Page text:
Automatic Jacobian sparsity detection using minimal scalar tracing and autodifferentiation
Author PALEOtoolkit
4 Stars
Updated Last
1 Year Ago
Started In
July 2021


Automatic Jacobian sparsity detection using minimal scalar tracing and autodifferentiation.

Limitations and alternatives

The detected sparsity pattern is that for the code path that is followed with the specified variable and parameter values. Any conditional logic that generates different code paths which result in different sparsity patterns is therefore not handled. As a workaround, either choose values that generate the least sparsity, or add 0.0*an_omitted_variable to conditional paths (relying on the fact that SparsityTracing includes structural zeros in the generated Jacobian), or call multiple times and merge the sparsity patterns (ie add the sparse Jacobians).

This package should be considered an interim solution until Symbolics.jl Jacobian tracing is fully implemented. Currently Symbolics v1.4.2 requires awkward workarounds for conditional logic (which will error), and is relatively slow (which may not be an issue for smaller models). See JuliaSymbolics/Symbolics.jl#326 for benchmark results showing that SparsityTracing is ~40x faster, and also demonstrating that the usage is very similar hence it is easy to just swap.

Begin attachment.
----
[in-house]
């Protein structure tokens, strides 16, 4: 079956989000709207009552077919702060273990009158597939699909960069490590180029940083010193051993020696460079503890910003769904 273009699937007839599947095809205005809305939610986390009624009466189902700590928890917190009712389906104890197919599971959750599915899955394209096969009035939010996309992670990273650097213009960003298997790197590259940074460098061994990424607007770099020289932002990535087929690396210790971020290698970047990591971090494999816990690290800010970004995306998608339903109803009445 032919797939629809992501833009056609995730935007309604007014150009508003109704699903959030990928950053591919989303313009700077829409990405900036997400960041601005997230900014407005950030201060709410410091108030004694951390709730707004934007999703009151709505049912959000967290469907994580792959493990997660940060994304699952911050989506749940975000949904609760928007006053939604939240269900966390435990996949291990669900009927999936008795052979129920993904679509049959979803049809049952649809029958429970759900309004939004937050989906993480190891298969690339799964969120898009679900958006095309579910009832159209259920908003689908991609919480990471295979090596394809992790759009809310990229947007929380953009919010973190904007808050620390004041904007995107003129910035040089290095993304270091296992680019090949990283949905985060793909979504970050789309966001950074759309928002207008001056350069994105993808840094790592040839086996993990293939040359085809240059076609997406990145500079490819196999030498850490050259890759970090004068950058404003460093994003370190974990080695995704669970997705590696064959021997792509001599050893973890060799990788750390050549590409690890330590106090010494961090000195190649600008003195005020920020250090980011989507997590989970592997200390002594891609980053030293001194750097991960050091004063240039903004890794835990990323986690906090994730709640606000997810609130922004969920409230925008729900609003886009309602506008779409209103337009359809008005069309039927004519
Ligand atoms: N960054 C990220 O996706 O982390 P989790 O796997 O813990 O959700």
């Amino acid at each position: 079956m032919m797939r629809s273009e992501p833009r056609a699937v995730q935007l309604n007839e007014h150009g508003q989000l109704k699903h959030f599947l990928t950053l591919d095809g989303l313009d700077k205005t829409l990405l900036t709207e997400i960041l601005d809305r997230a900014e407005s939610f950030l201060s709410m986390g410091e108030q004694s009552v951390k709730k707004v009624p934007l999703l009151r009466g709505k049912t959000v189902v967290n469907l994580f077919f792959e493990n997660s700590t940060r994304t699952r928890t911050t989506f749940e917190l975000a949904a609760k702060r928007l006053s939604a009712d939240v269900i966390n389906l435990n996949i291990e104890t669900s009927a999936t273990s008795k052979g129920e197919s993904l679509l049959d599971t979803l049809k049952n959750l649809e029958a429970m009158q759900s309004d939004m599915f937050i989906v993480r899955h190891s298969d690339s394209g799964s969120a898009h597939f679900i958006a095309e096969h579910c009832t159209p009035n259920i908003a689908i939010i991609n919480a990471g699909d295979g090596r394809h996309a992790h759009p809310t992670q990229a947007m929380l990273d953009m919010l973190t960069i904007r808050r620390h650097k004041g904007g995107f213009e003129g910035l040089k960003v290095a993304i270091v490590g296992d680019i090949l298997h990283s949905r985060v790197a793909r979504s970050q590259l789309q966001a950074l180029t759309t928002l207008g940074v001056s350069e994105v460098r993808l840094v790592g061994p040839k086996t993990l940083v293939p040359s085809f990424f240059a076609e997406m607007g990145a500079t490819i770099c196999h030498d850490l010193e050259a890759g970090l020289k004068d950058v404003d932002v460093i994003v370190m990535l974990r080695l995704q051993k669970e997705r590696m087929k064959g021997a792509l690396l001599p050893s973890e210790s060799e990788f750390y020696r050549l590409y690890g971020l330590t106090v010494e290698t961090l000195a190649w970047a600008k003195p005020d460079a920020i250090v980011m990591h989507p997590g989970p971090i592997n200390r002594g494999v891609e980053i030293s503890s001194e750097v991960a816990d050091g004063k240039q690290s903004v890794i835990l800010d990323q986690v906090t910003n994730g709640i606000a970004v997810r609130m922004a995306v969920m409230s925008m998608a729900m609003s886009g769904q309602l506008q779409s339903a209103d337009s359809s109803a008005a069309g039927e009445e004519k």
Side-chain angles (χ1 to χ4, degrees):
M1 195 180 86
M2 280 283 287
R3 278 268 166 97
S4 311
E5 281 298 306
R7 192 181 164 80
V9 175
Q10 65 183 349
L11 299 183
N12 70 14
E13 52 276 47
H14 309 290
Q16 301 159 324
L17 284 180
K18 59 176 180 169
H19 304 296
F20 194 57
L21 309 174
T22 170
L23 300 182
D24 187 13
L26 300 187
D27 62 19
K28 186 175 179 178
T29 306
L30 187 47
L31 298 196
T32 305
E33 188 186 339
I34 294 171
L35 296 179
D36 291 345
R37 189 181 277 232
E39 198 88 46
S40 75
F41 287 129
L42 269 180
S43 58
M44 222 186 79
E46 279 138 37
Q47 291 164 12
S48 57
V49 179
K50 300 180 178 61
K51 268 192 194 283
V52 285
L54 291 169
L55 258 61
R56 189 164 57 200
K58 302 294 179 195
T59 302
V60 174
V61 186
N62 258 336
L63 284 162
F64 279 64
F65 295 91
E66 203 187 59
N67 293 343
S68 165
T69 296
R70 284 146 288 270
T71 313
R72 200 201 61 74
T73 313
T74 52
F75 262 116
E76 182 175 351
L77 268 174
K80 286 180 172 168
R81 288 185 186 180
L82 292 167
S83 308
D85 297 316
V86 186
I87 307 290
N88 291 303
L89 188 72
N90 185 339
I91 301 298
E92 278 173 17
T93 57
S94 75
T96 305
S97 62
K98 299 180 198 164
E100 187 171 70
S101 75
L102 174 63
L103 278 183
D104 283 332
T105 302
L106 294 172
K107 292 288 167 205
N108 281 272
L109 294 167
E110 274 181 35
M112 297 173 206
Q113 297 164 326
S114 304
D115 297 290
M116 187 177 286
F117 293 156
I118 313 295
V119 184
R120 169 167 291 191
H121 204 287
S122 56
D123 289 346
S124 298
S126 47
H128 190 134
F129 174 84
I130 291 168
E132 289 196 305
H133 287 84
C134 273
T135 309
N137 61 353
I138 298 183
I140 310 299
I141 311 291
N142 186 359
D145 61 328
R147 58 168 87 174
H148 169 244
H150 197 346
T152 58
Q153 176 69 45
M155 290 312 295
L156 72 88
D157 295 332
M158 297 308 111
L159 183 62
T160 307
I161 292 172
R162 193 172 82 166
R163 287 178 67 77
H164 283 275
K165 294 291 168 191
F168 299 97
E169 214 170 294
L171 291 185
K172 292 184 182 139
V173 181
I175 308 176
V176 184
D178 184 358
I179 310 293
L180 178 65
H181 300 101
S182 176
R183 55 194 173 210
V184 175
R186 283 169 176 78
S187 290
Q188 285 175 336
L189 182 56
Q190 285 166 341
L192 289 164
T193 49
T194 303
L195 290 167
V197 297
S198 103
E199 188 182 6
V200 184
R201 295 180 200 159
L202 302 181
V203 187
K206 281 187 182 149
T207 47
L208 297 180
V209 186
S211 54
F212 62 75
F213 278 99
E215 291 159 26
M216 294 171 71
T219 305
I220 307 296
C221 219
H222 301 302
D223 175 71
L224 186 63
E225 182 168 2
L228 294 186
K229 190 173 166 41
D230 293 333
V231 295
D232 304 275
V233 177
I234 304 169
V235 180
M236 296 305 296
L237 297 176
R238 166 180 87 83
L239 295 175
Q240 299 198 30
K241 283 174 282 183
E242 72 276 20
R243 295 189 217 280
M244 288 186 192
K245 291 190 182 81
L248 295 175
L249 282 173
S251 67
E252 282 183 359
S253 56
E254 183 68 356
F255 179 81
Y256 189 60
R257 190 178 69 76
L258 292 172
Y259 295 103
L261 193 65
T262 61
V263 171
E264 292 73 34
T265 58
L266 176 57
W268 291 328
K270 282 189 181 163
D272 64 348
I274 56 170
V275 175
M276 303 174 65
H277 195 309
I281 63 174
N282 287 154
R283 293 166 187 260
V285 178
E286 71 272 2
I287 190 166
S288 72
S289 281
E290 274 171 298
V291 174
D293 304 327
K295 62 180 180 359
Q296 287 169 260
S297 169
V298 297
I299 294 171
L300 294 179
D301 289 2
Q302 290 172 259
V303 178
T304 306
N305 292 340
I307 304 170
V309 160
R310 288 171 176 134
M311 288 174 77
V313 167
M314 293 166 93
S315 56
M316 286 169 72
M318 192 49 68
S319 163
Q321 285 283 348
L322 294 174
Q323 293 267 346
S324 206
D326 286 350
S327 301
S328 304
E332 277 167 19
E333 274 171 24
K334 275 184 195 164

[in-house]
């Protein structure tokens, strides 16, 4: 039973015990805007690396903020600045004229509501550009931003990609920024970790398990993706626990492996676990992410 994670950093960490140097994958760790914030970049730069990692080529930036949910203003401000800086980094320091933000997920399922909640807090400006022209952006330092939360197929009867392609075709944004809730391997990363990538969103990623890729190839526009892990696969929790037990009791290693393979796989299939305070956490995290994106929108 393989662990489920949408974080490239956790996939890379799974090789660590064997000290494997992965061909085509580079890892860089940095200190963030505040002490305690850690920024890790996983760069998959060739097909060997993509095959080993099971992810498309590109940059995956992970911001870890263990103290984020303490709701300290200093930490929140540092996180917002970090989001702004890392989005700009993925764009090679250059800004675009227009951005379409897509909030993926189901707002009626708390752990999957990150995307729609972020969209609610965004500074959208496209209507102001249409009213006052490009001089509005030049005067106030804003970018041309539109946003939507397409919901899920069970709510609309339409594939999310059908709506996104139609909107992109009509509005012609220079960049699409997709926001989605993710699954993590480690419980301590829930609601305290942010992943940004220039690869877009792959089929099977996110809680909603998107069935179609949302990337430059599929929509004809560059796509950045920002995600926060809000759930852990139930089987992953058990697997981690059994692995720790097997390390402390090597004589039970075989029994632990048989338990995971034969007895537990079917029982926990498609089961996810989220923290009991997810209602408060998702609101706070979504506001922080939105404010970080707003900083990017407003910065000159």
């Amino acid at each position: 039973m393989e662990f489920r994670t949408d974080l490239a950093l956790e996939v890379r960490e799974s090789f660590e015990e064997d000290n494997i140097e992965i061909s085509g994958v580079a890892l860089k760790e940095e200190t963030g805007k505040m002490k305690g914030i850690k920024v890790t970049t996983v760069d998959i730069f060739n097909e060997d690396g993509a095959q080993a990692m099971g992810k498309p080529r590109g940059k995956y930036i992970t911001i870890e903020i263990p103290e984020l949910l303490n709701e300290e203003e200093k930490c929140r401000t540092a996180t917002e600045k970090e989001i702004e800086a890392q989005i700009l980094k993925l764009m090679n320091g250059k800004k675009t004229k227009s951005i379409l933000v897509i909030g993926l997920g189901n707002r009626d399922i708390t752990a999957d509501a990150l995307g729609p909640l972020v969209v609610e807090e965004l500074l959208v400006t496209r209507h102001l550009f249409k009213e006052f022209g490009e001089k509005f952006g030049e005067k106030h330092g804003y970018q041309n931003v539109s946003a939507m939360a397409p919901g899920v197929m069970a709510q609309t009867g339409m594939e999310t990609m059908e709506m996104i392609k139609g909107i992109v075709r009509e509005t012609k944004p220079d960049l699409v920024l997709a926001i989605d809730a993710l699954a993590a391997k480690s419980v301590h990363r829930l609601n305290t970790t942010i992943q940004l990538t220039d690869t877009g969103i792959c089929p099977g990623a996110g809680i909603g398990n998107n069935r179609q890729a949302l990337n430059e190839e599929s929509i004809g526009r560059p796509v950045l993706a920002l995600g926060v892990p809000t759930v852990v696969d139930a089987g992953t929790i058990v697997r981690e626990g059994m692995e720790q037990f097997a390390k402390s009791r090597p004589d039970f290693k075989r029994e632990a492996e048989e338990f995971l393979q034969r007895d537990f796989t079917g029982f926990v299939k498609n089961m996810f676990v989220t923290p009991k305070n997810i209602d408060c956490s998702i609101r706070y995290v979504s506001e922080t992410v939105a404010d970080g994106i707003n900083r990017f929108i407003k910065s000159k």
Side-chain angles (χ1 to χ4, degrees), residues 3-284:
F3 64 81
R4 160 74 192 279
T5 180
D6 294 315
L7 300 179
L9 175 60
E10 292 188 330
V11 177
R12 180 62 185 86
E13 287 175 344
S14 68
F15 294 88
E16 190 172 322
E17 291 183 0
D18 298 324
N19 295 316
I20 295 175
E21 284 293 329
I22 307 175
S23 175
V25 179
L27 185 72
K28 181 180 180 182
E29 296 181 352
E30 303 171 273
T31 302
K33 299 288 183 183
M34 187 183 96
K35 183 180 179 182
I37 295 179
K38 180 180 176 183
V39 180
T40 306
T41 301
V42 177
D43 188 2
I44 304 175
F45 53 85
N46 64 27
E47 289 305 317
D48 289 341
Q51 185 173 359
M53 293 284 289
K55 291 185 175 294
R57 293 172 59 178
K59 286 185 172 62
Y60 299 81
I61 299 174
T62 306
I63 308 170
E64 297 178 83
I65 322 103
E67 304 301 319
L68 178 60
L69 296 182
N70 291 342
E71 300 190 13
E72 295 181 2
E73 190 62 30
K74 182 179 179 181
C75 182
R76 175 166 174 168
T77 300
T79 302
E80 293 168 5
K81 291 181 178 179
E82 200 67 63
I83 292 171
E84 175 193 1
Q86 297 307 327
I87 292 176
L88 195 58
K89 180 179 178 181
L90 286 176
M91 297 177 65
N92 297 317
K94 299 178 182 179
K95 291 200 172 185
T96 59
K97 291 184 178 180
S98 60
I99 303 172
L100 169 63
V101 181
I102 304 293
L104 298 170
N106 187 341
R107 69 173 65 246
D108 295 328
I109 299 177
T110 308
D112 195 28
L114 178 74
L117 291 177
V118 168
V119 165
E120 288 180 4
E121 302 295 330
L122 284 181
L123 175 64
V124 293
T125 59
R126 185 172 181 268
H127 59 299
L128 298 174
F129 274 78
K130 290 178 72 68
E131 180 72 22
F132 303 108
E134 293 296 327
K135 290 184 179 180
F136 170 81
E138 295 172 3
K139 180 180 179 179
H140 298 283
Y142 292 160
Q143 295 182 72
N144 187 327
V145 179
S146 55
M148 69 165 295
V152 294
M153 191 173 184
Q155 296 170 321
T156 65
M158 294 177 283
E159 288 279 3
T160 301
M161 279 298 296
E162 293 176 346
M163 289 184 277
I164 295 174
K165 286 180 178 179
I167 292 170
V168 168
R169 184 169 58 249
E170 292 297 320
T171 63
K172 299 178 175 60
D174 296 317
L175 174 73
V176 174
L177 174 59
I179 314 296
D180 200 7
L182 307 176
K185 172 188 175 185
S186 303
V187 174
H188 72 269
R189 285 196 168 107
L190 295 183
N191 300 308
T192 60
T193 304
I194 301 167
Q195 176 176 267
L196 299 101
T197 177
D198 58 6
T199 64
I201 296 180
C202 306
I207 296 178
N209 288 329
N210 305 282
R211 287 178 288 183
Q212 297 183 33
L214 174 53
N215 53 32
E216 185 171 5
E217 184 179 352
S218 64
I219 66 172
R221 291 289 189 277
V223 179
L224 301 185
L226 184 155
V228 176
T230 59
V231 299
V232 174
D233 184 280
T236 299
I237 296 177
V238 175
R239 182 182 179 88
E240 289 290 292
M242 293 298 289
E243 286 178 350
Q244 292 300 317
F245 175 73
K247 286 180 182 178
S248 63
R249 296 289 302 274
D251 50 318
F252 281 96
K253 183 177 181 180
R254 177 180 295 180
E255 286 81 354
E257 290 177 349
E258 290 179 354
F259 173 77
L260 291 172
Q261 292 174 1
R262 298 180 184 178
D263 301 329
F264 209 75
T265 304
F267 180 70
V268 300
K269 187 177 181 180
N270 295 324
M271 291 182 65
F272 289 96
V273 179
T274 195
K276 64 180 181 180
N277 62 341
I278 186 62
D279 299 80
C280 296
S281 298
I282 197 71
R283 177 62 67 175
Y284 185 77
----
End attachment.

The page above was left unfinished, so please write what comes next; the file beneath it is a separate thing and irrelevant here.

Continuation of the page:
The earlier SparsityDetection.jl package is marked as deprecated.


julia> ] add SparsityTracing


julia> import SparsityTracing as AD

julia> function rober(du,u,p)
                   y₁,y₂,y₃ = u
                   k₁,k₂,k₃ = p
                   du[1] = -k₁*y₁+k₃*y₂*y₃
                   du[2] =  k₁*y₁-k₂*y₂^2-k₃*y₂*y₃
                   du[3] =  k₂*y₂^2

julia> u = [1.0, 2.0, 3.0];

julia> p = (0.04,3e7,1e4);

julia> u_ad = AD.create_advec(u);

julia> du_ad = similar(u_ad);

julia> rober(du_ad, u_ad, p)

julia> AD.deriv(du_ad[3])
2-element SparseArrays.SparseVector{Float64, Int64} with 1 stored entry:
  [2]  =  1.2e8

julia> Jad = AD.jacobian(du_ad, length(du_ad))
3×3 SparseArrays.SparseMatrixCSC{Float64, Int64} with 7 stored entries:
 -0.04  30000.0        20000.0
  0.04     -1.2003e8  -20000.0


The algorithm is essentially that of SparsLinC described in Bischof etal (1996), except with a simpler but less efficient data structure. Implements a scalar type SparsityTracing.ADval{T<:Real} that holds a value, and a binary tree of scalar derivatives including the element indices as leaf nodes. The tree is initialised to a Vector of leaf nodes by SparsityTracing.create_advec. It is populated with derivatives calculated by DiffRules.jl when a Julia function is called (eg a function y = f(x) calculating the RHS of an ODE). SparsityTracing.jacobian then walks the tree and calculates the Jacobian as a sparse matrix. This provides a robust way of detecting Jacobian sparsity (and for test purposes only, a very slow way of calculating the actual derivative). The sparsity pattern may then be used to generate matrix colouring for a fast AD package eg SparseDiffTools.jl.

Time taken increases approximately linearly with the number of scalar operations. Speed is approx 10 M scalar op/s (on a ~4Ghz laptop core) so 100 - 1000x slower than y = f(x) with primitive types (as each scalar operation generates a memory allocation to add a tree node).


Christian H. Bischof , Peyvand M. Khademi , Ali Buaricha & Carle Alan (1996) Efficient computation of gradients and Jacobians by dynamic exploitation of sparsity in automatic differentiation, Optimization Methods and Software, 7:1, 1-39, DOI: 10.1080/10556789608805642